Over my lifetime I have tried to pair myself down to two dresses, two pair of shoes, a bowl, a cup ( I love tea) and a warm blanket. I haven’t made it, but I have come close.
The average American home contains 300,000 things. Per family that is 300,000 toys, gadgets, kitchen appliances, mementos, books, and unidentified stationary objects.
So since we have enough stuff, perhaps junk, to build housing for the homeless, what are we hanging onto?
It is not my intention to shame anyone. According to my friend Andrew Mellen who wrote “Unstuff Your Life” (AndrewMellen.com) our most effective relationship to our stuff is to determine what we need and after that donate or give away the old things that we replace.
Need and help get a bad reputation these days.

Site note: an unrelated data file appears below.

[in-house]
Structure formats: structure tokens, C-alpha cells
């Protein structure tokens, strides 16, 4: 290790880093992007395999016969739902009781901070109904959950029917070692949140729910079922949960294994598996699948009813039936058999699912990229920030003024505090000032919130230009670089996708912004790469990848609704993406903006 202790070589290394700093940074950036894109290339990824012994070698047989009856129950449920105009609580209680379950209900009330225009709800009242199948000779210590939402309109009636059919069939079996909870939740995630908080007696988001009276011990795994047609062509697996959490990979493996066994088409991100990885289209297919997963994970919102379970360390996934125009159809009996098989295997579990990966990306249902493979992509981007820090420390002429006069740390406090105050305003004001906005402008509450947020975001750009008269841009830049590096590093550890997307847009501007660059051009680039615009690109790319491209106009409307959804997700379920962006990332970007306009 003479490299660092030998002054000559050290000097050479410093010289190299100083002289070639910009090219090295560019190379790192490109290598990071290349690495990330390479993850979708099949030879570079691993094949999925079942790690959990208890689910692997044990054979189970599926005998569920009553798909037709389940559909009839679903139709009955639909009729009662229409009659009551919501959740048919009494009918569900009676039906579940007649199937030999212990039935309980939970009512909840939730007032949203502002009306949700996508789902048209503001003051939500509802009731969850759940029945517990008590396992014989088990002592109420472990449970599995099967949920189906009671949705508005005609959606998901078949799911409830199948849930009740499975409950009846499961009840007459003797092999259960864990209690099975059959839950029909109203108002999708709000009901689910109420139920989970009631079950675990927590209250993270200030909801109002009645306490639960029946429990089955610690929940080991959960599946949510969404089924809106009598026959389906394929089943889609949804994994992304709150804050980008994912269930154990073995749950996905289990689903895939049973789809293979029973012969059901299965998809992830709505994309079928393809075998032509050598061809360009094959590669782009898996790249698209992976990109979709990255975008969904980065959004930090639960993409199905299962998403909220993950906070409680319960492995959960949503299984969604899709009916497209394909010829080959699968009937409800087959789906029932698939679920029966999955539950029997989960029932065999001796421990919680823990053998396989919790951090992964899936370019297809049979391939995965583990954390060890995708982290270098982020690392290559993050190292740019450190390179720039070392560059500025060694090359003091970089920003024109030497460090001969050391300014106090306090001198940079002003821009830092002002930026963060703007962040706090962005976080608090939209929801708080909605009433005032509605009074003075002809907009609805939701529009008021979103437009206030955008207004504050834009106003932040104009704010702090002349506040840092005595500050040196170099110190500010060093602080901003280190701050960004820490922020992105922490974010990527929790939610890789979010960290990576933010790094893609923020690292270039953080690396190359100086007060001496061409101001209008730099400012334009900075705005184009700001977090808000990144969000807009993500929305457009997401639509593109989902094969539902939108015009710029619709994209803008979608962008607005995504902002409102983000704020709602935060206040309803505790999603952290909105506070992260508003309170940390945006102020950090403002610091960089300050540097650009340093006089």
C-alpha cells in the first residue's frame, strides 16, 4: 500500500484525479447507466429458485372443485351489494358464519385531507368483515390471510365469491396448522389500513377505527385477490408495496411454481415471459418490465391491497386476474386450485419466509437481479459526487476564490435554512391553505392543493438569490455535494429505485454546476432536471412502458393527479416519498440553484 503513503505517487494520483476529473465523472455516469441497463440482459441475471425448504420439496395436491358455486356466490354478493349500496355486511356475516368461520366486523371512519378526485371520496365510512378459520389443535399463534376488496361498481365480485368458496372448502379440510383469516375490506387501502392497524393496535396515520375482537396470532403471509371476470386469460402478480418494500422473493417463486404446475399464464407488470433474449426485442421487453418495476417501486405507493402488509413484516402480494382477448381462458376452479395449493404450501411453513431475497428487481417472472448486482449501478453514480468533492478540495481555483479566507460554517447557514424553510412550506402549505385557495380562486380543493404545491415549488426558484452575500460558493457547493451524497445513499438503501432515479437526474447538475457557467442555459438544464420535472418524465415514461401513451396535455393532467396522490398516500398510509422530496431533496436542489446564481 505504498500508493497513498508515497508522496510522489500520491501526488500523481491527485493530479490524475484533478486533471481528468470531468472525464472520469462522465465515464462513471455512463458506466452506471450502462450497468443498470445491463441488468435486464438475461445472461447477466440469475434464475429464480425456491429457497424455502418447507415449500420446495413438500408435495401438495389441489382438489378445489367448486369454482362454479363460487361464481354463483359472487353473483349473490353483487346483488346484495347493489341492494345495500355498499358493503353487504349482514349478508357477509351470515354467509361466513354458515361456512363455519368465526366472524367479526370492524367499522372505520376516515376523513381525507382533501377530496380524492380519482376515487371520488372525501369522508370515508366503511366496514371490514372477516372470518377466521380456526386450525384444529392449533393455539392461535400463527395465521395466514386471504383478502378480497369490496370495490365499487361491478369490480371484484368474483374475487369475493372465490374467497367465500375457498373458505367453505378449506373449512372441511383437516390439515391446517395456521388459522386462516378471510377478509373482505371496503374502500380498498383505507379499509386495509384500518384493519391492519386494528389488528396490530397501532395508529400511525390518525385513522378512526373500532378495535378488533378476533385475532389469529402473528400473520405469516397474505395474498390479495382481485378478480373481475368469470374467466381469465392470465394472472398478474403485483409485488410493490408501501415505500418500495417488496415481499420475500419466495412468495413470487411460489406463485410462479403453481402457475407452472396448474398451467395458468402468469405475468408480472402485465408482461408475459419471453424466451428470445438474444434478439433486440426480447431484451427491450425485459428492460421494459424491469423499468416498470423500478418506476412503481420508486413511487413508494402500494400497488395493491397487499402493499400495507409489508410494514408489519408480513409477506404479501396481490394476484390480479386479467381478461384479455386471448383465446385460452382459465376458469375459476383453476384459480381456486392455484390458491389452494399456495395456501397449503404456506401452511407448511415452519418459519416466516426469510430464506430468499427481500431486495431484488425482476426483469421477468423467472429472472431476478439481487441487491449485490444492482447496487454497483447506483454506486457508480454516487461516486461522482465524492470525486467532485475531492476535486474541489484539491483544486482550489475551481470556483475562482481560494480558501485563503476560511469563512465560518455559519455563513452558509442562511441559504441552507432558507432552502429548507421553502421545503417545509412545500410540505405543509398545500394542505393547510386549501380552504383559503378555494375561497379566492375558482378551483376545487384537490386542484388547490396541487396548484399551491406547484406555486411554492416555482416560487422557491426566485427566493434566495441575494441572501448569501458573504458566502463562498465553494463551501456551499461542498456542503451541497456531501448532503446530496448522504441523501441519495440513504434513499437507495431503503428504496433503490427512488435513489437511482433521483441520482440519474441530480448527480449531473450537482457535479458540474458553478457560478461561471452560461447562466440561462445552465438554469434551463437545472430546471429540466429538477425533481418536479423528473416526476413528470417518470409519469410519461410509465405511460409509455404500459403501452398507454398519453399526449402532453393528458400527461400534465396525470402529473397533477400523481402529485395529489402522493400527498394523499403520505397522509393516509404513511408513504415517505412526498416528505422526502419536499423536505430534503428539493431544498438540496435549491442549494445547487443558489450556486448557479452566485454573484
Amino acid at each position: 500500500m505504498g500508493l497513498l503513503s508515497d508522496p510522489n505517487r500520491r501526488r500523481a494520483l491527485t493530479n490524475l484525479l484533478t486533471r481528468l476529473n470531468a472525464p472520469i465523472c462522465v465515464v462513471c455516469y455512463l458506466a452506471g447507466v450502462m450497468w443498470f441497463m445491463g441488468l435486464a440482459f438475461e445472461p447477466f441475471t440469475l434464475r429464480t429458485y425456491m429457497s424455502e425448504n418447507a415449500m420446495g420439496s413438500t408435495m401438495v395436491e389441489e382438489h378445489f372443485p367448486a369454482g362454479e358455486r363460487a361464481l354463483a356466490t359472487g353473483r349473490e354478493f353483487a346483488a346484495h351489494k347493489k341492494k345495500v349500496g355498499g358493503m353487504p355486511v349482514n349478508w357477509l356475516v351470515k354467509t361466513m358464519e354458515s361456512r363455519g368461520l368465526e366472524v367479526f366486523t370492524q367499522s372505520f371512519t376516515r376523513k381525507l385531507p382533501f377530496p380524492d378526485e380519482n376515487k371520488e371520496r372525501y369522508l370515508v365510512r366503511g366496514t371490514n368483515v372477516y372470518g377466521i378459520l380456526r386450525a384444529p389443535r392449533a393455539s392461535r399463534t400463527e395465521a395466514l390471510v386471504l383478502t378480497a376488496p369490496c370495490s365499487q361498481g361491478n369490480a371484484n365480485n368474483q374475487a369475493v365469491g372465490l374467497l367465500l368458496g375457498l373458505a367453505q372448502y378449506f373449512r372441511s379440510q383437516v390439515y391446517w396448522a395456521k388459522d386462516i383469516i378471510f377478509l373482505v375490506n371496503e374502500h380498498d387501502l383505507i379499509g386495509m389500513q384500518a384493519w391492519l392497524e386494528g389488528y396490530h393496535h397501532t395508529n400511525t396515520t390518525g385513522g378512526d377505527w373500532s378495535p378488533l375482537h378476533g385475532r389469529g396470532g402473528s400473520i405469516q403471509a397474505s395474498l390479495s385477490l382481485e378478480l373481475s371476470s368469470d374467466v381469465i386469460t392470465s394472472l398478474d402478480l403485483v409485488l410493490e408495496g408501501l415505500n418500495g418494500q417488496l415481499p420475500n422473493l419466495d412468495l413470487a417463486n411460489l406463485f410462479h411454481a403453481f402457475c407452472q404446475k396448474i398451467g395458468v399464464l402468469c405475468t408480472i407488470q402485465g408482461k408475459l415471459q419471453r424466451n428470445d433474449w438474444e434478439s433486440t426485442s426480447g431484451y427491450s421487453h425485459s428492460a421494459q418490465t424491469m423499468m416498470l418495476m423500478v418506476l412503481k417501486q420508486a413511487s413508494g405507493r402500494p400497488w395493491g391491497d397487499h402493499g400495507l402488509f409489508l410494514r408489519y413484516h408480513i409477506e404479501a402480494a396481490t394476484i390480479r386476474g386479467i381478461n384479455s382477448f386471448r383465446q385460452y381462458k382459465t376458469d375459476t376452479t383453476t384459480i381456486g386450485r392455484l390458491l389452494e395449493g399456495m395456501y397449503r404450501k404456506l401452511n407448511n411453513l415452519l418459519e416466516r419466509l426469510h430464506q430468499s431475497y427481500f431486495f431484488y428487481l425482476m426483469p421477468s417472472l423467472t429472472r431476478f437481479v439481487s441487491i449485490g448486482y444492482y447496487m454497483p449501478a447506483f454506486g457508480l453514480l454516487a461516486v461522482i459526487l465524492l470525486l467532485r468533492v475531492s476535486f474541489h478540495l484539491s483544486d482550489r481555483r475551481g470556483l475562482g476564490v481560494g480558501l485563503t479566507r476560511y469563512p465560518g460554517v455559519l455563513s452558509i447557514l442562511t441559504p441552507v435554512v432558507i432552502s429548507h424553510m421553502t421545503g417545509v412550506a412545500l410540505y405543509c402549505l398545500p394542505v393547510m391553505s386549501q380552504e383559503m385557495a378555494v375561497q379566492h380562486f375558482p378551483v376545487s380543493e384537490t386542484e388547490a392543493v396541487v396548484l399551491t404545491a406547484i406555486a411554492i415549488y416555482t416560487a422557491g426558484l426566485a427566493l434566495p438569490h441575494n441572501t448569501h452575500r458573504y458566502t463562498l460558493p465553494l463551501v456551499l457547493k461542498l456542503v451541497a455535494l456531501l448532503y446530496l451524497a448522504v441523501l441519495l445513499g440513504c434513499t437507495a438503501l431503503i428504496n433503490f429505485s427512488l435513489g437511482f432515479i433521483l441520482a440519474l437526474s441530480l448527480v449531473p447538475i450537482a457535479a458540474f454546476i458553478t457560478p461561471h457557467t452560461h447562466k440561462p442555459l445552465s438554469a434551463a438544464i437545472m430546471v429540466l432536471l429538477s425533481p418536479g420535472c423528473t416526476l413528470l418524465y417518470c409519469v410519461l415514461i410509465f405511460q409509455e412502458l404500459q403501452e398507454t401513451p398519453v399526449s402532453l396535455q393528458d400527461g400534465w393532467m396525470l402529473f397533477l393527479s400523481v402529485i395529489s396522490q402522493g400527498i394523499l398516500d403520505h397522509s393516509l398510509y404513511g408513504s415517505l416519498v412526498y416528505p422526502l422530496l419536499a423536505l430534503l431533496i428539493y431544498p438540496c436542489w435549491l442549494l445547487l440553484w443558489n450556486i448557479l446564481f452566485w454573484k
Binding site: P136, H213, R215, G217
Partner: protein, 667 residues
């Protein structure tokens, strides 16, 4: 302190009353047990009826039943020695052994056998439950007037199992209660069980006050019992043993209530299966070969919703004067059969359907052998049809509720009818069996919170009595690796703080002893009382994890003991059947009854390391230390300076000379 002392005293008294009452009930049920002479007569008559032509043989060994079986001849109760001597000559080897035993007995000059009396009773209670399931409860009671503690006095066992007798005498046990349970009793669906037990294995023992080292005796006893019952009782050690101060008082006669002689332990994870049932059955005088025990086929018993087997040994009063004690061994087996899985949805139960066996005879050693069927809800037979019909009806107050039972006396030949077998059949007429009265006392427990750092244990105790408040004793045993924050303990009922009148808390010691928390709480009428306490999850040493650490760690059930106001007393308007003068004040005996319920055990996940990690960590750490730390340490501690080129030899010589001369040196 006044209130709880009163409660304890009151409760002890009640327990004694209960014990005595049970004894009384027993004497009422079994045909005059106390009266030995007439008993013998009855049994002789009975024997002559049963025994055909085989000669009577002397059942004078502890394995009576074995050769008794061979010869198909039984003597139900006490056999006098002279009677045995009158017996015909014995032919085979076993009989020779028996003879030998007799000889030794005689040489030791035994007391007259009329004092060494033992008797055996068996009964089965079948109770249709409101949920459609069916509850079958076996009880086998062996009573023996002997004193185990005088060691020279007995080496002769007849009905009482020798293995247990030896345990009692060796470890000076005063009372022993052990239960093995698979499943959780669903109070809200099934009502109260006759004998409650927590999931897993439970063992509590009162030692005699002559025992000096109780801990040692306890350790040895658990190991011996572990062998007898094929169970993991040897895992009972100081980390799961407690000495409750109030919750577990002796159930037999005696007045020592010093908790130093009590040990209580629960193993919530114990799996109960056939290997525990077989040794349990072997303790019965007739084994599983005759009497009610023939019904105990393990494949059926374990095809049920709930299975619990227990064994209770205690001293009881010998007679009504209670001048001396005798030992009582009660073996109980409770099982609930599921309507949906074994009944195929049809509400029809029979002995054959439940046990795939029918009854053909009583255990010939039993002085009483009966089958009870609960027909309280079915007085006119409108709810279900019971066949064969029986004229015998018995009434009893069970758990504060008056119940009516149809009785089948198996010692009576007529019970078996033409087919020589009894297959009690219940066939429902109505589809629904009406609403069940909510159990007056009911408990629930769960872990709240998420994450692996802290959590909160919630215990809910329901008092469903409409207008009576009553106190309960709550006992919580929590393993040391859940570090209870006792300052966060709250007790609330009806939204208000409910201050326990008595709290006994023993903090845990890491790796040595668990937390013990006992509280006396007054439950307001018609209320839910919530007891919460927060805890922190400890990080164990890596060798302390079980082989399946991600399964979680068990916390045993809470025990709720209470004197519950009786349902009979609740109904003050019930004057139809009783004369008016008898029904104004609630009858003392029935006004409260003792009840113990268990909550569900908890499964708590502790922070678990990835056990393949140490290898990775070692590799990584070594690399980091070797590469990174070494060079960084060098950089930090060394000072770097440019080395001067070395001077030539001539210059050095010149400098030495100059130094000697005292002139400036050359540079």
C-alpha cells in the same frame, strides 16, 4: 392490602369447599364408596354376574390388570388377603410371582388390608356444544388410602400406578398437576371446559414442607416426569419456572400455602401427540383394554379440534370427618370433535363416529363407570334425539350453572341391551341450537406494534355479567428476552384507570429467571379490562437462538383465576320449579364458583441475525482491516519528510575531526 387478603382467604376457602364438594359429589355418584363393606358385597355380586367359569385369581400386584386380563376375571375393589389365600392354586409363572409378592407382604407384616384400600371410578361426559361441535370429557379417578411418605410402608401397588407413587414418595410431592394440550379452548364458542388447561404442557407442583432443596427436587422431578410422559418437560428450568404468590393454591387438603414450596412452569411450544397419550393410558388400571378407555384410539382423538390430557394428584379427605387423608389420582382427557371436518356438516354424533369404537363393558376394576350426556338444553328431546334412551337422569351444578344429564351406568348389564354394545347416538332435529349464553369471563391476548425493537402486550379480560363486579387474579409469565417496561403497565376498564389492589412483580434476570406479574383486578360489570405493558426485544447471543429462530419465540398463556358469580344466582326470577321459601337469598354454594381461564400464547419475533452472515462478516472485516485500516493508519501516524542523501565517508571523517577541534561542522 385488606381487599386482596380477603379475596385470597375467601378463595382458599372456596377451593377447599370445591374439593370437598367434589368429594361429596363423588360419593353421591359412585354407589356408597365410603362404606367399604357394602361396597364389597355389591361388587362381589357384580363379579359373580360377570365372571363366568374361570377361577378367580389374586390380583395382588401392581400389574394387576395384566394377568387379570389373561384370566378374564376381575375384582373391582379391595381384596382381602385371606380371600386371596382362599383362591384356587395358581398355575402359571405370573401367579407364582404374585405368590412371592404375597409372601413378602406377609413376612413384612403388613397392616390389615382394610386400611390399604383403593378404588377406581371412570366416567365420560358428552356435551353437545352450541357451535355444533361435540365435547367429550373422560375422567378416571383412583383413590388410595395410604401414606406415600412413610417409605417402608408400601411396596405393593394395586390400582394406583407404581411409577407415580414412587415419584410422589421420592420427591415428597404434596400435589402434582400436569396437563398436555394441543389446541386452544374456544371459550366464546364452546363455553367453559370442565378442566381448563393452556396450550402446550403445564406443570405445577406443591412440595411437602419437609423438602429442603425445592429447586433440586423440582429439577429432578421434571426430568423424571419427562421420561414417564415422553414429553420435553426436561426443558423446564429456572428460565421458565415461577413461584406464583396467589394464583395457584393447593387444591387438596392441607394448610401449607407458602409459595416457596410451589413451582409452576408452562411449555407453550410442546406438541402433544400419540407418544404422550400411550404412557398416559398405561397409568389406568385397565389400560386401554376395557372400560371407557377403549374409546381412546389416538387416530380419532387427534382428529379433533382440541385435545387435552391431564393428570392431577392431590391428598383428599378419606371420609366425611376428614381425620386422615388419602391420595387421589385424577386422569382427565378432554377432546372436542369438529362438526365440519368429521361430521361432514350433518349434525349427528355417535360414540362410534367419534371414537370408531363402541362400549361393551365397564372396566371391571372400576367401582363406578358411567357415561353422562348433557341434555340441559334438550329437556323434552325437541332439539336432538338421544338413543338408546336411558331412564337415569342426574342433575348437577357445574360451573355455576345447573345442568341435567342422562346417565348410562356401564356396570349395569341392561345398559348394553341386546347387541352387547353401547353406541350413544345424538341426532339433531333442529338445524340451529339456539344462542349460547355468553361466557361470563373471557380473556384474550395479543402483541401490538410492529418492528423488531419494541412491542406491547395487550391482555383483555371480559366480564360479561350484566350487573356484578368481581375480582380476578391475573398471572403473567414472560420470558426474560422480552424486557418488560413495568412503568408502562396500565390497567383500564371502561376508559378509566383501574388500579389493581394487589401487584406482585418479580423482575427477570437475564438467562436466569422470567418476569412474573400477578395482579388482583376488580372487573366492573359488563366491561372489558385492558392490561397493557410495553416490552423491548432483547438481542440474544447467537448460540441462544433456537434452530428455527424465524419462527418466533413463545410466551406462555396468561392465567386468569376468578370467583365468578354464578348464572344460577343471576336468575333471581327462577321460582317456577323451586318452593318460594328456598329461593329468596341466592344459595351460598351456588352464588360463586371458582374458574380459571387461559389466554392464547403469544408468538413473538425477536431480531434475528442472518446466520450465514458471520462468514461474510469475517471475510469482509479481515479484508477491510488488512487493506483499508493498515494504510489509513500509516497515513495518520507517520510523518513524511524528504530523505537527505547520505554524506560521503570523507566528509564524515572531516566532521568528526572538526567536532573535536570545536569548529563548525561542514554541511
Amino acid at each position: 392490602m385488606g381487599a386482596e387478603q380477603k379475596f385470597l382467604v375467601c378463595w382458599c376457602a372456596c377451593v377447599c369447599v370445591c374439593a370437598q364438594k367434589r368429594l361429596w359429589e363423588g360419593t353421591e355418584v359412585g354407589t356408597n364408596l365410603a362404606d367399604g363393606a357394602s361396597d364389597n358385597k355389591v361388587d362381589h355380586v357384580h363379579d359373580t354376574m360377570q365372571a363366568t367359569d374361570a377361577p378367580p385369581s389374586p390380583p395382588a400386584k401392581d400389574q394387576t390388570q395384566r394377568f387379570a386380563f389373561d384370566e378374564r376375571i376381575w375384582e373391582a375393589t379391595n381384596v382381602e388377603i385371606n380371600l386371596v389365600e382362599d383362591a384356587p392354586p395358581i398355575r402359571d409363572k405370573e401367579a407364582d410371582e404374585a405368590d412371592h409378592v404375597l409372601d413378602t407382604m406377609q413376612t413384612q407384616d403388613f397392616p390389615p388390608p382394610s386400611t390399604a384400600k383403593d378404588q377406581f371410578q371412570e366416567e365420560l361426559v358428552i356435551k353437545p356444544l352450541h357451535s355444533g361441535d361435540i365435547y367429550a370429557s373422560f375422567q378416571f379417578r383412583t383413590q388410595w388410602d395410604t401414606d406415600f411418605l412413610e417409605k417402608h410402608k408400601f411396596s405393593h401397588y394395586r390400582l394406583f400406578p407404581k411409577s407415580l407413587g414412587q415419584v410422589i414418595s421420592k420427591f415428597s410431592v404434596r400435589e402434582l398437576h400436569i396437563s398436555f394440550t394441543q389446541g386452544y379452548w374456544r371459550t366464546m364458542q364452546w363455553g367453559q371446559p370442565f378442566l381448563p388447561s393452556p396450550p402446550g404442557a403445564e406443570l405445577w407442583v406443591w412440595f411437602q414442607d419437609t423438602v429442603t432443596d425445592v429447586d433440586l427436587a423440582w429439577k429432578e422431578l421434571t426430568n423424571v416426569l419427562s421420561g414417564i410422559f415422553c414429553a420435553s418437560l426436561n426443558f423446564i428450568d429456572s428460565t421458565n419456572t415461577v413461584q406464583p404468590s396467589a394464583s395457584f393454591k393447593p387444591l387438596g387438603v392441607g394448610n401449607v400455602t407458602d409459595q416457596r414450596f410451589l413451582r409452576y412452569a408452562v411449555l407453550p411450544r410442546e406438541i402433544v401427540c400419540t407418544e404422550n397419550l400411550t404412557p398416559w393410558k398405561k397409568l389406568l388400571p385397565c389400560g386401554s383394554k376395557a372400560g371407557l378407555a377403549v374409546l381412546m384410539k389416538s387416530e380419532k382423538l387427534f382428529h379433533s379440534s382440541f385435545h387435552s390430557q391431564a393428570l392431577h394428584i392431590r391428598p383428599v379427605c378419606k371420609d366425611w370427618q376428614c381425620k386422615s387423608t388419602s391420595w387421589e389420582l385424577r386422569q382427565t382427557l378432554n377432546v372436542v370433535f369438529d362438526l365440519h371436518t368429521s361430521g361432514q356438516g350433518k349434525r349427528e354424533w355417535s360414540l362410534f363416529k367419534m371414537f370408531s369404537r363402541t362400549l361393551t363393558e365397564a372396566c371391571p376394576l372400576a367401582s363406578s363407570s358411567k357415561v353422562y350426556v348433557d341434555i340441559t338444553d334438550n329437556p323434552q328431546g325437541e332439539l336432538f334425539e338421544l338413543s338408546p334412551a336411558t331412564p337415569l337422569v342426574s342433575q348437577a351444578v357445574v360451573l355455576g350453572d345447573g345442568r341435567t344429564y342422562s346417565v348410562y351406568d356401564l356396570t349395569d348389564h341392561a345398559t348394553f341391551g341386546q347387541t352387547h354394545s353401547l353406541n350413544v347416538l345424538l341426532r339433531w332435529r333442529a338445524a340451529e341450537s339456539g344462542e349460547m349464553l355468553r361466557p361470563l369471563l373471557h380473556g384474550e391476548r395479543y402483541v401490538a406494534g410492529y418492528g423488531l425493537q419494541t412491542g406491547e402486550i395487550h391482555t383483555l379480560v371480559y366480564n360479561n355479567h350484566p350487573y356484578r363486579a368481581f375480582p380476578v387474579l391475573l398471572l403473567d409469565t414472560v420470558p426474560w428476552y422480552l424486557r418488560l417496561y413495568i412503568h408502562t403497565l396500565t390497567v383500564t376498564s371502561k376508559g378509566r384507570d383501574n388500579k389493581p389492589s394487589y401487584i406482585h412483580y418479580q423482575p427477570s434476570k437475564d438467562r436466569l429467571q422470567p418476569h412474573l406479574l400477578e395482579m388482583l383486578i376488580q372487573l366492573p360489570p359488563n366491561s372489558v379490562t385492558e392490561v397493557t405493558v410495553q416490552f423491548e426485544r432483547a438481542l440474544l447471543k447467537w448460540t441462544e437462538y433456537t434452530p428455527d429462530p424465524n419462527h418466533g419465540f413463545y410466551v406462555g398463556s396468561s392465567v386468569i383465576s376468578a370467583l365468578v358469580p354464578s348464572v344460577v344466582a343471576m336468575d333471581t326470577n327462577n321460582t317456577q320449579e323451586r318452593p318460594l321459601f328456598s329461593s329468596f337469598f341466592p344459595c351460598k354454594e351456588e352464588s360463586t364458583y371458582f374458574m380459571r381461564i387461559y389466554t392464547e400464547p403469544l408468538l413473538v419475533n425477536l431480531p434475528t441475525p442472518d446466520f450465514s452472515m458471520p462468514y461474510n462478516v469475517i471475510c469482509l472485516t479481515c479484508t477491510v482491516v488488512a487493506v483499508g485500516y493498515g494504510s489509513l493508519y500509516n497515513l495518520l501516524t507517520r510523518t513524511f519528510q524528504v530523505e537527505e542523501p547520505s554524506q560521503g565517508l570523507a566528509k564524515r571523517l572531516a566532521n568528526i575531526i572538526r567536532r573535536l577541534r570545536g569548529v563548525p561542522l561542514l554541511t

But if you need a hand full of love, I have plenty to offer.
We all do.
People complain, but if you notice they complain about groups, and as ugly as that is, they soften in the face of a person. Especially a person in need.
I know that people are mostly kind most of the time because I grew up with people who were fully aware they did not have to be kind. They used histories on concentration camps as parenting guides.
What was that like? Terrifying. Hysterical.
But I noticed so many other things.
Nuns who washed me off and dumped me into baskets of clean habits just out of the dryers.
Teachers who tried to help me, and nearly lost their jobs. but had the the courage to stick to their beliefs.
College professors who helped me learn to become an adult.
Managers who taught me a livable professionally.
Friends who helped me get back on my feet a number of times throughout my life.
Have you had hand up in your life?
Then don’t be afraid to return the favor.
We have plenty of courage to go around.